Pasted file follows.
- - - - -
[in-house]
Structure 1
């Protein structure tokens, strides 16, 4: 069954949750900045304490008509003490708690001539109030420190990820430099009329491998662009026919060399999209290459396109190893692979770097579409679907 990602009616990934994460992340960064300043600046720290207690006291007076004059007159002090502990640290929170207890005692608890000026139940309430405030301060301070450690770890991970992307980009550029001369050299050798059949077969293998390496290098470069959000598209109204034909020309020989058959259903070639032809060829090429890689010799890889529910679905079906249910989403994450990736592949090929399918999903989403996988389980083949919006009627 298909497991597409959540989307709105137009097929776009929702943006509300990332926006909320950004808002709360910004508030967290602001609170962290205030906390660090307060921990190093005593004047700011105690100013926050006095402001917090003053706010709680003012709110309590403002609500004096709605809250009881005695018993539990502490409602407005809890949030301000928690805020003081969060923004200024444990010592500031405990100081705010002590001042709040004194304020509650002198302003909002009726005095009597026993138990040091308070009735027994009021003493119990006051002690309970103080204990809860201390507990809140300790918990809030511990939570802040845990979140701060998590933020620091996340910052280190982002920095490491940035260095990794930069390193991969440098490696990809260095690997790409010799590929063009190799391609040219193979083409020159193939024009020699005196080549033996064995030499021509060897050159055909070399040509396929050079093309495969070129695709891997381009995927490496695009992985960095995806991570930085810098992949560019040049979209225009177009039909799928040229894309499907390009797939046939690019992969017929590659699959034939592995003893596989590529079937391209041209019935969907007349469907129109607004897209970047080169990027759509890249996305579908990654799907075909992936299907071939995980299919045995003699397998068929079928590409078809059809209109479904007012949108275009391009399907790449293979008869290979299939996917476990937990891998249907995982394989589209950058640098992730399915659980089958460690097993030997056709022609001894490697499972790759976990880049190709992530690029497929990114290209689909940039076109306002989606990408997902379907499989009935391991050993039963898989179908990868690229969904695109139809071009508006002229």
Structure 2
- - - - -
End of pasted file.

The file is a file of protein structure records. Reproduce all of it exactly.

[in-house]
Structure 1
């Protein structure tokens, strides 16, 4: 069954949750900045304490008509003490708690001539109030420190990820430099009329491998662009026919060399999209290459396109190893692979770097579409679907 990602009616990934994460992340960064300043600046720290207690006291007076004059007159002090502990640290929170207890005692608890000026139940309430405030301060301070450690770890991970992307980009550029001369050299050798059949077969293998390496290098470069959000598209109204034909020309020989058959259903070639032809060829090429890689010799890889529910679905079906249910989403994450990736592949090929399918999903989403996988389980083949919006009627 298909497991597409959540989307709105137009097929776009929702943006509300990332926006909320950004808002709360910004508030967290602001609170962290205030906390660090307060921990190093005593004047700011105690100013926050006095402001917090003053706010709680003012709110309590403002609500004096709605809250009881005695018993539990502490409602407005809890949030301000928690805020003081969060923004200024444990010592500031405990100081705010002590001042709040004194304020509650002198302003909002009726005095009597026993138990040091308070009735027994009021003493119990006051002690309970103080204990809860201390507990809140300790918990809030511990939570802040845990979140701060998590933020620091996340910052280190982002920095490491940035260095990794930069390193991969440098490696990809260095690997790409010799590929063009190799391609040219193979083409020159193939024009020699005196080549033996064995030499021509060897050159055909070399040509396929050079093309495969070129695709891997381009995927490496695009992985960095995806991570930085810098992949560019040049979209225009177009039909799928040229894309499907390009797939046939690019992969017929590659699959034939592995003893596989590529079937391209041209019935969907007349469907129109607004897209970047080169990027759509890249996305579908990654799907075909992936299907071939995980299919045995003699397998068929079928590409078809059809209109479904007012949108275009391009399907790449293979008869290979299939996917476990937990891998249907995982394989589209950058640098992730399915659980089958460690097993030997056709022609001894490697499972790759976990880049190709992530690029497929990114290209689909940039076109306002989606990408997902379907499989009935391991050993039963898989179908990868690229969904695109139809071009508006002229």
Structure 2